Mark and I read recently in Divine Providence about how the door to heaven opens and closes in our minds, and if the door is closed to heaven, you just can’t see what is true. I find this a very helpful way of thinking. I like to envision doors opening, and also closing, below me, into hell. If I can shut my eyes and decisively shut the door under me, it quiets the vindictive, revengeful voices telling me what a bad card I was dealt or how hopeless it all is or whatever thought is plaguing or paralyzing me.
We all have our blind spots, our closed doors. For me, my 50s have been great for opening doors I didn’t know existed. Consciously deciding to be curious has helped. Wanting to be an angel someday has helped. Watching what happens when large swaths of people believe their causes are right, impenetrable, and that other voices should be squashed, has also helped.
In a related way, I have recently felt doors opening while listening to podcasts. Podcasts are a great way to get out of our echo chambers (groups of people who think exactly the way we do). You get to hear real people talking in a public yet frank way to people whom they trust about the issues that matter to them. Curiosity has led me to many thoughtful conversations that have subtly changed my perspective. One of these is the “Family Life Today” podcast, which is produced by a delightfully frank, open, die-hard Christian couple who are not afraid to discuss the topics where most people in their tribe daren’t tread. Doubting God. Blended families. Teenagers leaving the path. Introverts: does everyone have to be an evangelist? Perimenopause! One of my favorites. They interview authors frequently, and it was Sherri Lynn who wrote a book entitled “I want to punch you in the face but I love Jesus: the Ultimate PMS Companion.” She was a riot!
Continue reading The Doors of Our Minds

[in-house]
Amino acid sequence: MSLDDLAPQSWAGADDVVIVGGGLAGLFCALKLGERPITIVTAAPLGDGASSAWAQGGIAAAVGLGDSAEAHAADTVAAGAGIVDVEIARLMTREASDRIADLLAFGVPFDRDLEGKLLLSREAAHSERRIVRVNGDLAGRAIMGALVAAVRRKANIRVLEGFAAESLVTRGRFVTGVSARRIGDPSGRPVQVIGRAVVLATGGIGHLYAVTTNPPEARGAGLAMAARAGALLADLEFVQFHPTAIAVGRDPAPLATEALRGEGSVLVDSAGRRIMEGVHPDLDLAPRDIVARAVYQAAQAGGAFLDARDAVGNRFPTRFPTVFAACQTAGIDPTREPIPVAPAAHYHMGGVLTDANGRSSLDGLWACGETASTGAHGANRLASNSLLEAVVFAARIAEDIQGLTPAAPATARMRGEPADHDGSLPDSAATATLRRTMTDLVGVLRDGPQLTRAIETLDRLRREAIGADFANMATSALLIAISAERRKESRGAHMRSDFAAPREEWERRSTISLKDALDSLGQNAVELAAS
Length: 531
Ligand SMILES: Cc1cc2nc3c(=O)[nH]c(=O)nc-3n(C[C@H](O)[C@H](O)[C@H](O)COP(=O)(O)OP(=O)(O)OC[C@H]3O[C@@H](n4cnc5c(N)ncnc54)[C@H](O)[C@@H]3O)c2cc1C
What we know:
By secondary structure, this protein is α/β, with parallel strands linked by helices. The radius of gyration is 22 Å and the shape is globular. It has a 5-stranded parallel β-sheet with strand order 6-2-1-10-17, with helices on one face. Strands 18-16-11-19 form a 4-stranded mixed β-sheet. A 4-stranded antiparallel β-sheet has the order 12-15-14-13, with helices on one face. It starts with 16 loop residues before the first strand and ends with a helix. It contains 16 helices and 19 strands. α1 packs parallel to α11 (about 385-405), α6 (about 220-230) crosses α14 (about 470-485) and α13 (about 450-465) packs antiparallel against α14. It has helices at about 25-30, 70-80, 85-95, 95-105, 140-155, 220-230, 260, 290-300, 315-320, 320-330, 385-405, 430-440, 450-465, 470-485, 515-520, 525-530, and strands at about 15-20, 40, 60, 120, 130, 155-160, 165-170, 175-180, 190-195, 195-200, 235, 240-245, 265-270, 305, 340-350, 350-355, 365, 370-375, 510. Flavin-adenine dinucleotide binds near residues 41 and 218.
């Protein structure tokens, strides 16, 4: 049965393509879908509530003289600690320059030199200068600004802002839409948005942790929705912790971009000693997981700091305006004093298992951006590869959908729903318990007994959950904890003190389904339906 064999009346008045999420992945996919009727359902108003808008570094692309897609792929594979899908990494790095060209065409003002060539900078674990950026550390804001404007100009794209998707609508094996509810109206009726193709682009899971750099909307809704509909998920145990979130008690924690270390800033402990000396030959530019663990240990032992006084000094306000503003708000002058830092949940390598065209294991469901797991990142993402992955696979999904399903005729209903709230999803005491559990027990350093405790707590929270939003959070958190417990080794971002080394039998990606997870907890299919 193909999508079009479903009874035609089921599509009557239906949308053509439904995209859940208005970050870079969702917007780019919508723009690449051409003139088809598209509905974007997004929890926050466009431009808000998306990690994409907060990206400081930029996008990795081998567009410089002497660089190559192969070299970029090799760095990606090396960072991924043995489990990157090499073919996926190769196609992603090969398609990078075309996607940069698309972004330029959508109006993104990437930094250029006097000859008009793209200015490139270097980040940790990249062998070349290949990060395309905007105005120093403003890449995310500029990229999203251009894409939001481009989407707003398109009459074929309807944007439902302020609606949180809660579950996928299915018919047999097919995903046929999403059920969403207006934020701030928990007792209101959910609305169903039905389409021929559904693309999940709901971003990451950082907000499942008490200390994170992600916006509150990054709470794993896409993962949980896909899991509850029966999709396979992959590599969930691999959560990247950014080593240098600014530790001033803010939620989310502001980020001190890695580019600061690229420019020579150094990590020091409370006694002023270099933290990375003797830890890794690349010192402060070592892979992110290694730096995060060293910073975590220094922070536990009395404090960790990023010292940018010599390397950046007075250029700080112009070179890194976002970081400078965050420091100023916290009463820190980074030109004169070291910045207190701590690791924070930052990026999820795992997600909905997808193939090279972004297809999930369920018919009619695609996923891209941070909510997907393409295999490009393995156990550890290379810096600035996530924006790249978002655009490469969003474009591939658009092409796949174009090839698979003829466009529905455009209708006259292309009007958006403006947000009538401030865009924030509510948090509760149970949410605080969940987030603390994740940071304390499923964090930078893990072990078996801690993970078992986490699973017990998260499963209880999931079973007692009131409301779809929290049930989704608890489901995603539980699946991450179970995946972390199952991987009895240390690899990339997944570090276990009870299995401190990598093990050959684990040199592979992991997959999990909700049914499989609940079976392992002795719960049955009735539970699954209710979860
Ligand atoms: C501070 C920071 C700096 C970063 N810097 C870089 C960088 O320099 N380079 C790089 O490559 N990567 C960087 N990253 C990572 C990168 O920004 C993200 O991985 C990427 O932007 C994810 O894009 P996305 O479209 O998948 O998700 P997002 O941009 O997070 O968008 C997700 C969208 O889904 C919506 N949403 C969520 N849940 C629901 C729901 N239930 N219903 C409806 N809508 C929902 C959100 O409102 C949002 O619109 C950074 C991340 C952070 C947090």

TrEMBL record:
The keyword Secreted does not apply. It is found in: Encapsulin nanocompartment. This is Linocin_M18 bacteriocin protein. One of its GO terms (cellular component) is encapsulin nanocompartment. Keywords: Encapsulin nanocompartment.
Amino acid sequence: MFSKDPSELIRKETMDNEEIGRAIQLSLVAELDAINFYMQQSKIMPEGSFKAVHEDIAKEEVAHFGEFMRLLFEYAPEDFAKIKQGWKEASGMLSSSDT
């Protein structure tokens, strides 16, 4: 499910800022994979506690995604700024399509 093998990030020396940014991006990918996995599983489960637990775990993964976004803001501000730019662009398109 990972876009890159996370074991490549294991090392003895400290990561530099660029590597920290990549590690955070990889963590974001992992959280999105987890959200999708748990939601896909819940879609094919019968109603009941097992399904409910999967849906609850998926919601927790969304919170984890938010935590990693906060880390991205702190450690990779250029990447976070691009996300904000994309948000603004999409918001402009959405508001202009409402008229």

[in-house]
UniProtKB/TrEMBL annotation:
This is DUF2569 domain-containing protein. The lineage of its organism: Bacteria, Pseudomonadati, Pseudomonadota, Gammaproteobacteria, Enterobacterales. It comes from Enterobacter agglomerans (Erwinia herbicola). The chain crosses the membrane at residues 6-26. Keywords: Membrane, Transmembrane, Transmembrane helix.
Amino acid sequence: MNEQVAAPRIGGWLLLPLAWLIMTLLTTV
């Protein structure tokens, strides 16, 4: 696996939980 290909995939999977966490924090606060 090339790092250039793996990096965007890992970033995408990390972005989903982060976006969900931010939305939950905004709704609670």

This past winter our family went to a college hockey game. It was a blast. Lots of noise, crazy cheering, some unsportsmanlike booing, and a lot of social chatter. And, we got to watch twelve hockey players perform their always (to me) stunning combination of grace, speed, synergy, and tussle. One of the players’ mothers is a friend of mine, so we even had a team to root for.
I’ve loved sports all my life. In fact when Covid first hit in March 2020, it did not register with me until I heard that the University of Minnesota had canceled its entire spring sports season. My jaw dropped and I actually felt shaky. For the first time I imagined the immensity of a problem that would generate this level of response. But even aside from that: how could we possibly live without sports? Our neighbor Jessie, who became a pride of the town placing first as a national discus thrower, never got to throw the disc her crowning senior year.
Just like in theater, where we happily “suspend our disbelief” that the world being acted out in front of us is real, in sports we temporarily and eagerly engage ourselves in the belief that it DOES matter who wins. And how thrilling that is for those of us with that competitive gene.
We know there are competitions in the spiritual world, and sometimes I think what I see here begins to mirror those events. With daughters who run and ski, we have become fixtures at cross country, nordic ski, and track meets. It’s amazing to watch runners mutually improve as they pit themselves against each other in practice, rising and rising to new heights of strength and endurance as they prepare to face the opponents from other teams. Around here, when two runners sprint for the finish line and cross close together they never check the scoreboard first. It’s the parents who try to figure out who won; the athletes simply embrace.